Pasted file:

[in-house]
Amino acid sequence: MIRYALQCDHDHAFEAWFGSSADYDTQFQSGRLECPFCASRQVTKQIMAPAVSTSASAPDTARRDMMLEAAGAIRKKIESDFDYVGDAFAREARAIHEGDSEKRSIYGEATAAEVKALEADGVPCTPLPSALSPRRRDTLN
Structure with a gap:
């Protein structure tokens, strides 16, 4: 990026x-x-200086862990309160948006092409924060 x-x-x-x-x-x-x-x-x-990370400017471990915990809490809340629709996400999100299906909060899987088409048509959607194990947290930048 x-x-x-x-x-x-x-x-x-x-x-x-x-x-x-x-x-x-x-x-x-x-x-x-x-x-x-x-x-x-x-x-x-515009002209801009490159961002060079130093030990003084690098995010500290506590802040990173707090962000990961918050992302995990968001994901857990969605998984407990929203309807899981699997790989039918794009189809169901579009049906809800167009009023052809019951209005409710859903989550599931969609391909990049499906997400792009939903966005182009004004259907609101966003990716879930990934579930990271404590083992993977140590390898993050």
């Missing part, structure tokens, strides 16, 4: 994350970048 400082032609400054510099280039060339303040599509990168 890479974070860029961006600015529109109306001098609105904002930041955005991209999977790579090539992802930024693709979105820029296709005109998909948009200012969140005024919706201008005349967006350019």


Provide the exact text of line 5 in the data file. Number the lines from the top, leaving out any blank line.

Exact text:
């Missing part, structure tokens, strides 16, 4: 994350970048 400082032609400054510099280039060339303040599509990168 890479974070860029961006600015529109109306001098609105904002930041955005991209999977790579090539992802930024693709979105820029296709005109998909948009200012969140005024919706201008005349967006350019």